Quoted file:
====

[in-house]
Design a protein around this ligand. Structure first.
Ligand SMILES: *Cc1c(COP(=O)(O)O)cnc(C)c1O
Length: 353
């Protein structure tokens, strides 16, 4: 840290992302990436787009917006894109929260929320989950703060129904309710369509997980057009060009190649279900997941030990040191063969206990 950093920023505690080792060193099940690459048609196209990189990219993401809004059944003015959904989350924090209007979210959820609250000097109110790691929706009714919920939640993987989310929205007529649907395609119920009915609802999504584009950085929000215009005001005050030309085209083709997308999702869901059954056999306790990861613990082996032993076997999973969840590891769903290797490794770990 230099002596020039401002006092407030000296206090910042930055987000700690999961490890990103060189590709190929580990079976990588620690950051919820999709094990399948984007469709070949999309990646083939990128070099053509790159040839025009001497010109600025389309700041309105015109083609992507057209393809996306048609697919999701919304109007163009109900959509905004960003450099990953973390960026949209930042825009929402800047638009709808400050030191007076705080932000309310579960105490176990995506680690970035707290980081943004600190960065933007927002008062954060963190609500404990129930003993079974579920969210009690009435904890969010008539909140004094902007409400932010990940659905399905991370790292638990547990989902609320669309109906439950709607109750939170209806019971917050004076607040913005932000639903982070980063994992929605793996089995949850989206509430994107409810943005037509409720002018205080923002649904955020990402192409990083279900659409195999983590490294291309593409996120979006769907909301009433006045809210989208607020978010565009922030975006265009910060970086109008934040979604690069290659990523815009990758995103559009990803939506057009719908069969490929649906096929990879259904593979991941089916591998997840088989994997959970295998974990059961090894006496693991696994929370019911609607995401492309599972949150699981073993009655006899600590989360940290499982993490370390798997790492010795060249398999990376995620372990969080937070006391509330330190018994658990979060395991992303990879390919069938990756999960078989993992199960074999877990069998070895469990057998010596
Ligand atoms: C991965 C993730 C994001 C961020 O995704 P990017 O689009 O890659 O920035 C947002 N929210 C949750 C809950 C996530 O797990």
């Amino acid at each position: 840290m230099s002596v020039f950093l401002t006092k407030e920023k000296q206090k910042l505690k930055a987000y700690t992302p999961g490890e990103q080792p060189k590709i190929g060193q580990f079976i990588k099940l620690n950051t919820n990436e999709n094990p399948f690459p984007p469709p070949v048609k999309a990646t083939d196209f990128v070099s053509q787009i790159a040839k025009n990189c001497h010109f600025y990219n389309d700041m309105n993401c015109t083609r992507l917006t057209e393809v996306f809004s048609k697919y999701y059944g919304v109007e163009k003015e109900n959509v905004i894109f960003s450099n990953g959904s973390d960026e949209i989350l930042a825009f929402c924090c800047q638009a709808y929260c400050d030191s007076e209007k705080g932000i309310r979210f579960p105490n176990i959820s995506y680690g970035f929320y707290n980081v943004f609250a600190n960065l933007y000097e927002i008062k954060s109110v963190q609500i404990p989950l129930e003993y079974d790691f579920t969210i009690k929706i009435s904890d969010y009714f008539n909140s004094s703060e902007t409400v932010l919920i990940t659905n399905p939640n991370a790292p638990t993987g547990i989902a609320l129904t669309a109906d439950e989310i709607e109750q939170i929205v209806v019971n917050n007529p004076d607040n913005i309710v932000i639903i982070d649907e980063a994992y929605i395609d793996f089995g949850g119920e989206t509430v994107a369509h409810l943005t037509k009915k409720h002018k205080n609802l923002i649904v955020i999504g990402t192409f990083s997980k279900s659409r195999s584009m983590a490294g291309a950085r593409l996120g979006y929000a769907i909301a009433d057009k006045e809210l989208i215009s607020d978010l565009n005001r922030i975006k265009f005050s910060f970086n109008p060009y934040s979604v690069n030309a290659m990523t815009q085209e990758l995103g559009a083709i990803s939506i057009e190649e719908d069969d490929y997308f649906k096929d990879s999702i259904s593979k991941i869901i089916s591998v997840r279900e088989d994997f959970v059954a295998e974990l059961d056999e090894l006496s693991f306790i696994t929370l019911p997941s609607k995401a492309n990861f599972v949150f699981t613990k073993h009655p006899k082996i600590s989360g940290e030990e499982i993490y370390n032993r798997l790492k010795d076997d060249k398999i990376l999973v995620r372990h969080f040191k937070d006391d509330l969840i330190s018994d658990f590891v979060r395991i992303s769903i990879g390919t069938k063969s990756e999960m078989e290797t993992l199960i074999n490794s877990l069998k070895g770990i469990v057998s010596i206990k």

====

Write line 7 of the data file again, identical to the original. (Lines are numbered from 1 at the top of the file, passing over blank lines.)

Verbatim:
């Amino acid at each position: 840290m230099s002596v020039f950093l401002t006092k407030e920023k000296q206090k910042l505690k930055a987000y700690t992302p999961g490890e990103q080792p060189k590709i190929g060193q580990f079976i990588k099940l620690n950051t919820n990436e999709n094990p399948f690459p984007p469709p070949v048609k999309a990646t083939d196209f990128v070099s053509q787009i790159a040839k025009n990189c001497h010109f600025y990219n389309d700041m309105n993401c015109t083609r992507l917006t057209e393809v996306f809004s048609k697919y999701y059944g919304v109007e163009k003015e109900n959509v905004i894109f960003s450099n990953g959904s973390d960026e949209i989350l930042a825009f929402c924090c800047q638009a709808y929260c400050d030191s007076e209007k705080g932000i309310r979210f579960p105490n176990i959820s995506y680690g970035f929320y707290n980081v943004f609250a600190n960065l933007y000097e927002i008062k954060s109110v963190q609500i404990p989950l129930e003993y079974d790691f579920t969210i009690k929706i009435s904890d969010y009714f008539n909140s004094s703060e902007t409400v932010l919920i990940t659905n399905p939640n991370a790292p638990t993987g547990i989902a609320l129904t669309a109906d439950e989310i709607e109750q939170i929205v209806v019971n917050n007529p004076d607040n913005i309710v932000i639903i982070d649907e980063a994992y929605i395609d793996f089995g949850g119920e989206t509430v994107a369509h409810l943005t037509k009915k409720h002018k205080n609802l923002i649904v955020i999504g990402t192409f990083s997980k279900s659409r195999s584009m983590a490294g291309a950085r593409l996120g979006y929000a769907i909301a009433d057009k006045e809210l989208i215009s607020d978010l565009n005001r922030i975006k265009f005050s910060f970086n109008p060009y934040s979604v690069n030309a290659m990523t815009q085209e990758l995103g559009a083709i990803s939506i057009e190649e719908d069969d490929y997308f649906k096929d990879s999702i259904s593979k991941i869901i089916s591998v997840r279900e088989d994997f959970v059954a295998e974990l059961d056999e090894l006496s693991f306790i696994t929370l019911p997941s609607k995401a492309n990861f599972v949150f699981t613990k073993h009655p006899k082996i600590s989360g940290e030990e499982i993490y370390n032993r798997l790492k010795d076997d060249k398999i990376l999973v995620r372990h969080f040191k937070d006391d509330l969840i330190s018994d658990f590891v979060r395991i992303s769903i990879g390919t069938k063969s990756e999960m078989e290797t993992l199960i074999n490794s877990l069998k070895g770990i469990v057998s010596i206990k």